The rates of caesarean section (CS) have increased steadily all over the world in the past two decades.1 Women undergoing CS may face health risks, including haemorrhage, blood transfusion, anaesthesia-associated complications and surgical risks.2 The WHO has reported that China has one of the highest CS rates in the world,3 especially in the northeastern province of Jilin (62% in 2014) and Shanghai (60% in 2010).4 5 To reduce CS rates, the Chinese government has introduced various policies and programmes at the national, provincial, district, county and hospital levels, including education of pregnant women, physician training, supervision of non-medically indicated CS (inspection and monitoring periodically conducted by national and provincial health authorities to identify any unnecessary CS, which was interpreted as an indicator of the quality of obstetric care), setting targets for CS rates and establishing incentives for lowering CS rates.4 6 7 China has made significant progress in achieving milestone goals, CS rates declined steadily between 2012 and 2016 (from 45.3% to 41.1%).8 CS rates declined from 60% in 2009 to 43% in 20 14.4

The policy for allowing women to have a second child established in China in November 2015 has resulted in new challenges for controlling CS rates considering the increasing number of repeat CS. In addition, repeat CS is associated with increased health risk, including placenta accreta, infection, vein thrombosis and uterine rupture.8–10 The increasing number of women with a previous CS is an urgent matter and should be given close attention by clinicians and policymakers. Trial of labour after caesarean delivery (TOLAC) is an alternative to repeat CS and vaginal birth after caesarean   section (VBAC) is an accepted practice. Current evidence suggests that women who undergo repeated CS have significantly higher risk of maternal and perinatal morbidity compared with women who deliver vaginally after CS.7 Major complications associated with TOLAC include scar dehiscence, hysterectomy and uterine rupture, but successful TOLAC is associated with less blood loss, significantly lower risk of neonatal respiratory morbidities and placenta previa, and a shorter hospital stay with a more rapid recovery.11–13 TOLAC should be considered among women with a uterine scar if there are no contraindications, and successful TOLAC can be safely achieved for both mother and infant in most cases.14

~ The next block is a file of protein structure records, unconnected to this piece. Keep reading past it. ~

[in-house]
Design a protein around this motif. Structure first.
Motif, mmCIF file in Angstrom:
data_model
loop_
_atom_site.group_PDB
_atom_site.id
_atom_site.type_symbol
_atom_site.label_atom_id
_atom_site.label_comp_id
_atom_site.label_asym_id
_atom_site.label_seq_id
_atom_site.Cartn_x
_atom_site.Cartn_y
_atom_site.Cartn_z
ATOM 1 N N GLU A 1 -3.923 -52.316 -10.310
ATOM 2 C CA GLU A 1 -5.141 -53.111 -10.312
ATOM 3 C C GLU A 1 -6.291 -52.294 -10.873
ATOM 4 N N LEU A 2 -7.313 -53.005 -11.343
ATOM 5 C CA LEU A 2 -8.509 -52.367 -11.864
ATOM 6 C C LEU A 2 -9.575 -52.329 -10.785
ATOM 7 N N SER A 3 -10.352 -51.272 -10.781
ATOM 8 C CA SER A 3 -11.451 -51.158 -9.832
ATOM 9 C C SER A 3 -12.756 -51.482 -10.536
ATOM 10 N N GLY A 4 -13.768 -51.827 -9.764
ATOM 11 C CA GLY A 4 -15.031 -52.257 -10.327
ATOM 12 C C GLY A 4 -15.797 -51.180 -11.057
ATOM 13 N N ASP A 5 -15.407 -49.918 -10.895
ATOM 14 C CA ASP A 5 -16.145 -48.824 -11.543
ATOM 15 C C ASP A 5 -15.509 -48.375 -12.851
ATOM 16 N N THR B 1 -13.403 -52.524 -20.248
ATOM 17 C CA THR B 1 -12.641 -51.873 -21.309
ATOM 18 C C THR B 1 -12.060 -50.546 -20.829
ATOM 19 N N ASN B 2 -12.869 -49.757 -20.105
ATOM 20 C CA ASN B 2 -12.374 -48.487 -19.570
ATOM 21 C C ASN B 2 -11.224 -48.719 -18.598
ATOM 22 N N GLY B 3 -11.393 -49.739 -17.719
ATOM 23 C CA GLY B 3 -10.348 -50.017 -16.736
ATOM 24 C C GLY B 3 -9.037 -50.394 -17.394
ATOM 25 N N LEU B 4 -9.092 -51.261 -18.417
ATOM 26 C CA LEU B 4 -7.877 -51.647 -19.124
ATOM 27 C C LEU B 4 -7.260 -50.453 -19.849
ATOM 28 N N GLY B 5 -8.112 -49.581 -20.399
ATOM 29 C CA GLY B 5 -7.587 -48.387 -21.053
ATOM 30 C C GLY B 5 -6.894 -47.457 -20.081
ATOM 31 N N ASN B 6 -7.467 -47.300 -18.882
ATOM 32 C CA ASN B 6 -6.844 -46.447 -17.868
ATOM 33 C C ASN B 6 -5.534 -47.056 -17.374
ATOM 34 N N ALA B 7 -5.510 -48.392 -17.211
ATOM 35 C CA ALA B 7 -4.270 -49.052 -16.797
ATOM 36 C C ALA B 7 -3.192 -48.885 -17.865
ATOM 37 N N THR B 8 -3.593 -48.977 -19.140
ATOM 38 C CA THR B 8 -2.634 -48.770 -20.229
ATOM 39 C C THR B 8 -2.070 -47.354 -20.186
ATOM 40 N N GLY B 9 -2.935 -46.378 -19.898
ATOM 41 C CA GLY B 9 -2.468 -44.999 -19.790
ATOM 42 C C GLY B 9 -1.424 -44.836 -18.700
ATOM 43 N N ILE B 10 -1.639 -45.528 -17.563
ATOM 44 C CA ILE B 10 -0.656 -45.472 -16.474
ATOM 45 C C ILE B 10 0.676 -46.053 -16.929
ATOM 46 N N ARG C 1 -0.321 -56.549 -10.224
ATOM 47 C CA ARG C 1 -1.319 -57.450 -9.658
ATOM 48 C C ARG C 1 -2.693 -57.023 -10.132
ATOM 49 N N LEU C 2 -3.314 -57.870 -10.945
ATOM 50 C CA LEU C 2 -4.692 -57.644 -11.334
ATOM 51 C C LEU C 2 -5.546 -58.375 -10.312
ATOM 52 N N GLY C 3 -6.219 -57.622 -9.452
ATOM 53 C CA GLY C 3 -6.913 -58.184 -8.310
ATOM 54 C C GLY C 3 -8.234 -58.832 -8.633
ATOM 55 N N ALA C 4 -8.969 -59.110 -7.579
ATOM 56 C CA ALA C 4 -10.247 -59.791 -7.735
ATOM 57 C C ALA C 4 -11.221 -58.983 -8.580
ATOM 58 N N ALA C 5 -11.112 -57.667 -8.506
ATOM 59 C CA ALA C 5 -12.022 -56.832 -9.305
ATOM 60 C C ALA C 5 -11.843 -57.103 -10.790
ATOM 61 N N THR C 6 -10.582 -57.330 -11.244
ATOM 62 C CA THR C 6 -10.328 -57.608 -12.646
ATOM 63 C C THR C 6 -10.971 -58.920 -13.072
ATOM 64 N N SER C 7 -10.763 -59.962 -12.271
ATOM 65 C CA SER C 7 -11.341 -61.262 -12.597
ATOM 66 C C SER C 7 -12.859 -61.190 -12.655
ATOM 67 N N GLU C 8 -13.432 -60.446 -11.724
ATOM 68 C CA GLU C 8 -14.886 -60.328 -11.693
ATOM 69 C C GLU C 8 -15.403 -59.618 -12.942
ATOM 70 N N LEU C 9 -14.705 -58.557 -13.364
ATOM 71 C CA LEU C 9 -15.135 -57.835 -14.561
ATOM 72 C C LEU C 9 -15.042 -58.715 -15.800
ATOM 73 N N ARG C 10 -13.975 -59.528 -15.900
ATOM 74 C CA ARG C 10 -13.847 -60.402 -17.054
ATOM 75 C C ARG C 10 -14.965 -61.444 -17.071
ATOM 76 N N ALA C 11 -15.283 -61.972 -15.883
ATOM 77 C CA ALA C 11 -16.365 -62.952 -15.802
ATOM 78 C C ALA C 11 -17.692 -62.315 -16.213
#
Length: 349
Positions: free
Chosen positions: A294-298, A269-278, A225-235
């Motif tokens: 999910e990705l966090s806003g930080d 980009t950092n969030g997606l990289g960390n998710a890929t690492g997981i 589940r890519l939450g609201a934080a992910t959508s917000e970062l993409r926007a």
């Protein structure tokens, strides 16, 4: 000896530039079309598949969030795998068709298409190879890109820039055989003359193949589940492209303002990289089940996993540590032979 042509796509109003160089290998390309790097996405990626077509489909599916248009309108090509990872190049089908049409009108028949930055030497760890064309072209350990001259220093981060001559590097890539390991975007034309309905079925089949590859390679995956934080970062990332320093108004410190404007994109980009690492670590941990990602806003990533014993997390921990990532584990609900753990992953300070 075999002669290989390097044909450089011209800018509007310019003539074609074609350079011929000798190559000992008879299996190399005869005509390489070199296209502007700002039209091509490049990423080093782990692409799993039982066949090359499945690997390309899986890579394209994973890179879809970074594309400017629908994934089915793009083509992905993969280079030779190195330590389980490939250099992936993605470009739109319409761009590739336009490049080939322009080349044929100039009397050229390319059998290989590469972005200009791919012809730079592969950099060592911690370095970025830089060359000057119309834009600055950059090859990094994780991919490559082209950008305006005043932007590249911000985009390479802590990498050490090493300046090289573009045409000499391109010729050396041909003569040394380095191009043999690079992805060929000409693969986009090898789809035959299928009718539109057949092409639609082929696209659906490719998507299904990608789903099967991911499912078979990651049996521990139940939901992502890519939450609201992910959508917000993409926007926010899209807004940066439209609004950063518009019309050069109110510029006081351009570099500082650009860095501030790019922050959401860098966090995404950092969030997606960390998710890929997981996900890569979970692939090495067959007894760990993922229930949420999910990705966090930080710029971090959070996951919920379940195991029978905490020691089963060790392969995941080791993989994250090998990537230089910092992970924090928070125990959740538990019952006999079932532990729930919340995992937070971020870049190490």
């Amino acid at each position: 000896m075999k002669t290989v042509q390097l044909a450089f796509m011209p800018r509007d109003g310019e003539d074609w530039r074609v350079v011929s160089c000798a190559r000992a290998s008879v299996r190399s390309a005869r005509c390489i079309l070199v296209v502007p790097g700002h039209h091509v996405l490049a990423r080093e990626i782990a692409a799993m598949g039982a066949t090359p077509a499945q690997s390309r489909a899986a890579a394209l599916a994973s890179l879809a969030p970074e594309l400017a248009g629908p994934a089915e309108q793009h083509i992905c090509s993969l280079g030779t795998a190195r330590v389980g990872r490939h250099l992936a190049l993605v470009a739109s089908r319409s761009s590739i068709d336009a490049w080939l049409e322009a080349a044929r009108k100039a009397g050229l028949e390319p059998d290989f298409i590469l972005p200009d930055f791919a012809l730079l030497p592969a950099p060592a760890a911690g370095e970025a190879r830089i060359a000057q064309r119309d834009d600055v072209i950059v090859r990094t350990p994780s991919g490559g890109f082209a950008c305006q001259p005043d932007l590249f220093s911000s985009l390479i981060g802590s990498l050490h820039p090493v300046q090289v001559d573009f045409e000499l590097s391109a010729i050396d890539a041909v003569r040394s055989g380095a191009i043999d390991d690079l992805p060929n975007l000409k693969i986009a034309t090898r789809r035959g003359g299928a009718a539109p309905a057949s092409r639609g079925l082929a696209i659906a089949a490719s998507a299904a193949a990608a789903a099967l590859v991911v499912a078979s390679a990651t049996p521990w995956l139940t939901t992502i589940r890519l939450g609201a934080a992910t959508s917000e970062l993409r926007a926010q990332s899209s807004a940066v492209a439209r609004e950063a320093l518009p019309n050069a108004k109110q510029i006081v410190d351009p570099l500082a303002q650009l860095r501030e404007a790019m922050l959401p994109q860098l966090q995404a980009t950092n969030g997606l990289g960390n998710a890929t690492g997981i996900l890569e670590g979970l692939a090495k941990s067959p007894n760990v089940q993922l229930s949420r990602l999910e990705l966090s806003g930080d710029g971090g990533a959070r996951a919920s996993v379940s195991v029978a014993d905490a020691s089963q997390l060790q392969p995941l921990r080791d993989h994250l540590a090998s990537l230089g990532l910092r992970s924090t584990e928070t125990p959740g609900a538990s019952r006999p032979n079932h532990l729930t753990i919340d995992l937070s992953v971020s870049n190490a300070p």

Globally, TOLAC is considered a reasonable and safe option. However, in China, repeat CS rates remain high among women with a history of previous CS.15 Therefore, TOLAC would be highly effective at decreasing the overall CS rates considering the primary CS rates in China. Although relatively few women with TOLAC experience serious complications, there is still concern among patients and their clinicians. Few prediction models have been developed to forecast the probability of successful TOLAC in China, although multiple screening tools have been developed in other countries.16 17 The aim of the present study was to determine the factors associated with successful TOLAC in Chinese hospitals and to develop a nomogram based on the selected variables to predict the likelihood of successful TOLAC among women after a previous CS.

Materials and methods

Study population